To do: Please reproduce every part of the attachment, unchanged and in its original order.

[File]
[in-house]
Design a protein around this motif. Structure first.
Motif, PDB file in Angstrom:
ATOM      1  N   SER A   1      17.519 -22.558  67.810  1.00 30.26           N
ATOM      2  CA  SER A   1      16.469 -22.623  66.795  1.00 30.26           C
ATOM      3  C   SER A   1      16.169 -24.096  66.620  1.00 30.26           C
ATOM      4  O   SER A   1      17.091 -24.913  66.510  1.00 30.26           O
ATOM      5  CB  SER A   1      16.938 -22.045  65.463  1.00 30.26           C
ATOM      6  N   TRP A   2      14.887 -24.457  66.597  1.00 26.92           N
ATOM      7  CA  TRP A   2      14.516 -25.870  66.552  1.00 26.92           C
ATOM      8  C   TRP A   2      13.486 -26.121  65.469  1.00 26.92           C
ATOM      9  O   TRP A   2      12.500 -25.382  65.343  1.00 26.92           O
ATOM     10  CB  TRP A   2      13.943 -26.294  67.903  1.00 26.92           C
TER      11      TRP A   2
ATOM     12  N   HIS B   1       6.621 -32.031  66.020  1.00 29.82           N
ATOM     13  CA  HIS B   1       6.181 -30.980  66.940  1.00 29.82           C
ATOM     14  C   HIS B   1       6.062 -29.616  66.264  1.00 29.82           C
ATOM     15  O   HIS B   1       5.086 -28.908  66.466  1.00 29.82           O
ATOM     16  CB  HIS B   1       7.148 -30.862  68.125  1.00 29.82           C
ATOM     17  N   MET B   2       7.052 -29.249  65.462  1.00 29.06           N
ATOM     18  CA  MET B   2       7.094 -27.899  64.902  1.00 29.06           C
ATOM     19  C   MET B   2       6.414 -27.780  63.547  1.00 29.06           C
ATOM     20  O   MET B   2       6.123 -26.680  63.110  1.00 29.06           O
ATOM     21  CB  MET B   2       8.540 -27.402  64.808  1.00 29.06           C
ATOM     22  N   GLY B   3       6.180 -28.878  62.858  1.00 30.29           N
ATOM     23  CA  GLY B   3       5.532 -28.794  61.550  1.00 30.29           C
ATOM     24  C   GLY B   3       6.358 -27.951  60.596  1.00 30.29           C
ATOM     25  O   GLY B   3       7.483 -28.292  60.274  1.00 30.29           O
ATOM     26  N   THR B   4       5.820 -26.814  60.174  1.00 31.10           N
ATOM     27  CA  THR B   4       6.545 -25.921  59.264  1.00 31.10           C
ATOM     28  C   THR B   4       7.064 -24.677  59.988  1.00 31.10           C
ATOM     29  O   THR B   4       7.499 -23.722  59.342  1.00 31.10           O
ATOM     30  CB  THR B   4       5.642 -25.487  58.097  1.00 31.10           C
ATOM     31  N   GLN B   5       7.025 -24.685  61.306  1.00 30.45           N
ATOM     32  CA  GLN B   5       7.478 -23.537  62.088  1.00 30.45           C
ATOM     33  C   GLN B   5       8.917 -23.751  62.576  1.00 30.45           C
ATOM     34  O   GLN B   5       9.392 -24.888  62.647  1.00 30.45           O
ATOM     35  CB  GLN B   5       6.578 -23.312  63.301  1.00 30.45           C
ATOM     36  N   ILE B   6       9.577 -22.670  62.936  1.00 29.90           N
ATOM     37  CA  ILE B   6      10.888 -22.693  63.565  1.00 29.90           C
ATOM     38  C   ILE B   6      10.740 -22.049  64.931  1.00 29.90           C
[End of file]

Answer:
[in-house]
Design a protein around this motif. Structure first.
Motif, PDB file in Angstrom:
ATOM      1  N   SER A   1      17.519 -22.558  67.810  1.00 30.26           N
ATOM      2  CA  SER A   1      16.469 -22.623  66.795  1.00 30.26           C
ATOM      3  C   SER A   1      16.169 -24.096  66.620  1.00 30.26           C
ATOM      4  O   SER A   1      17.091 -24.913  66.510  1.00 30.26           O
ATOM      5  CB  SER A   1      16.938 -22.045  65.463  1.00 30.26           C
ATOM      6  N   TRP A   2      14.887 -24.457  66.597  1.00 26.92           N
ATOM      7  CA  TRP A   2      14.516 -25.870  66.552  1.00 26.92           C
ATOM      8  C   TRP A   2      13.486 -26.121  65.469  1.00 26.92           C
ATOM      9  O   TRP A   2      12.500 -25.382  65.343  1.00 26.92           O
ATOM     10  CB  TRP A   2      13.943 -26.294  67.903  1.00 26.92           C
TER      11      TRP A   2
ATOM     12  N   HIS B   1       6.621 -32.031  66.020  1.00 29.82           N
ATOM     13  CA  HIS B   1       6.181 -30.980  66.940  1.00 29.82           C
ATOM     14  C   HIS B   1       6.062 -29.616  66.264  1.00 29.82           C
ATOM     15  O   HIS B   1       5.086 -28.908  66.466  1.00 29.82           O
ATOM     16  CB  HIS B   1       7.148 -30.862  68.125  1.00 29.82           C
ATOM     17  N   MET B   2       7.052 -29.249  65.462  1.00 29.06           N
ATOM     18  CA  MET B   2       7.094 -27.899  64.902  1.00 29.06           C
ATOM     19  C   MET B   2       6.414 -27.780  63.547  1.00 29.06           C
ATOM     20  O   MET B   2       6.123 -26.680  63.110  1.00 29.06           O
ATOM     21  CB  MET B   2       8.540 -27.402  64.808  1.00 29.06           C
ATOM     22  N   GLY B   3       6.180 -28.878  62.858  1.00 30.29           N
ATOM     23  CA  GLY B   3       5.532 -28.794  61.550  1.00 30.29           C
ATOM     24  C   GLY B   3       6.358 -27.951  60.596  1.00 30.29           C
ATOM     25  O   GLY B   3       7.483 -28.292  60.274  1.00 30.29           O
ATOM     26  N   THR B   4       5.820 -26.814  60.174  1.00 31.10           N
ATOM     27  CA  THR B   4       6.545 -25.921  59.264  1.00 31.10           C
ATOM     28  C   THR B   4       7.064 -24.677  59.988  1.00 31.10           C
ATOM     29  O   THR B   4       7.499 -23.722  59.342  1.00 31.10           O
ATOM     30  CB  THR B   4       5.642 -25.487  58.097  1.00 31.10           C
ATOM     31  N   GLN B   5       7.025 -24.685  61.306  1.00 30.45           N
ATOM     32  CA  GLN B   5       7.478 -23.537  62.088  1.00 30.45           C
ATOM     33  C   GLN B   5       8.917 -23.751  62.576  1.00 30.45           C
ATOM     34  O   GLN B   5       9.392 -24.888  62.647  1.00 30.45           O
ATOM     35  CB  GLN B   5       6.578 -23.312  63.301  1.00 30.45           C
ATOM     36  N   ILE B   6       9.577 -22.670  62.936  1.00 29.90           N
ATOM     37  CA  ILE B   6      10.888 -22.693  63.565  1.00 29.90           C
ATOM     38  C   ILE B   6      10.740 -22.049  64.931  1.00 29.90           C